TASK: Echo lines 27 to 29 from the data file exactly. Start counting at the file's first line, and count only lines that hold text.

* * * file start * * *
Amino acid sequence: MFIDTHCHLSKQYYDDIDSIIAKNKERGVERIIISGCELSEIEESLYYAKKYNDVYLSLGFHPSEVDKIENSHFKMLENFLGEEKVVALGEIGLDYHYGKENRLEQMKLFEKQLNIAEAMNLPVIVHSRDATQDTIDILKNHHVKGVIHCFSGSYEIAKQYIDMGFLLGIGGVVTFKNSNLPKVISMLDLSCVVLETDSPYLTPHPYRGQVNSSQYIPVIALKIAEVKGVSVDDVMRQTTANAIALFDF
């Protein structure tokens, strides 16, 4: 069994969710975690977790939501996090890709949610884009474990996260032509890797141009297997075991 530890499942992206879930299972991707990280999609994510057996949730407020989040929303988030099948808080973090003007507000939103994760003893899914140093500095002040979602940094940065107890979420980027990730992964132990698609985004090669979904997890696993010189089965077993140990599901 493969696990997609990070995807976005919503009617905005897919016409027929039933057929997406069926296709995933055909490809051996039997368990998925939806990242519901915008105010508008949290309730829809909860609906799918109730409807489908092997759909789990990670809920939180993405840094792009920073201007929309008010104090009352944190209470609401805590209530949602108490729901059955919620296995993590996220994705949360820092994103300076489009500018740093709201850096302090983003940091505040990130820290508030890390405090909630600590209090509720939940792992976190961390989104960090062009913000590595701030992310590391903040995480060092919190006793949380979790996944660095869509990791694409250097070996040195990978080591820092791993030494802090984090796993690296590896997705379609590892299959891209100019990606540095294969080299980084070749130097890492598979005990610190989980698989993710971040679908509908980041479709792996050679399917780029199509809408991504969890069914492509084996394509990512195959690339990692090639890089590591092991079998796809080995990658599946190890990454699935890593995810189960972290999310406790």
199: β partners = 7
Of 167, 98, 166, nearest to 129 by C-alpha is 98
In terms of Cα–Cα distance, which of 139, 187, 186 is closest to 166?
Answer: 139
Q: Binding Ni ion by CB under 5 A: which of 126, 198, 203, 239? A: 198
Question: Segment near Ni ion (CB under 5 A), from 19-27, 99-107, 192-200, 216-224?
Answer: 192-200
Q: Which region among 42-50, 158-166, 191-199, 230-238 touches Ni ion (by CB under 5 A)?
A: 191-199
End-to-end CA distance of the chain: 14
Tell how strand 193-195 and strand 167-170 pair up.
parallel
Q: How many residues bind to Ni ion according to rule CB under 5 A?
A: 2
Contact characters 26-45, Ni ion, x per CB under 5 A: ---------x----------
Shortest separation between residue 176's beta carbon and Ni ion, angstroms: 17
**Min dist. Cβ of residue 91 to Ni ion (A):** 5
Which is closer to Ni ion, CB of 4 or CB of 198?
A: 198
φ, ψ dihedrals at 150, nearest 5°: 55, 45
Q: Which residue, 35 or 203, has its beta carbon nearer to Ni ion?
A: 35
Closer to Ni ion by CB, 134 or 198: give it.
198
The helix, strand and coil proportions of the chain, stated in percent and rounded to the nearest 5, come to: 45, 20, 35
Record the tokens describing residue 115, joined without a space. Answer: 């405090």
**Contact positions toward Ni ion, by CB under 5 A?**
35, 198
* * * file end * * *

The helix, strand and coil proportions of the chain, stated in percent and rounded to the nearest 5, come to: 45, 20, 35
Record the tokens describing residue 115, joined without a space. Answer: 């405090």
**Contact positions toward Ni ion, by CB under 5 A?**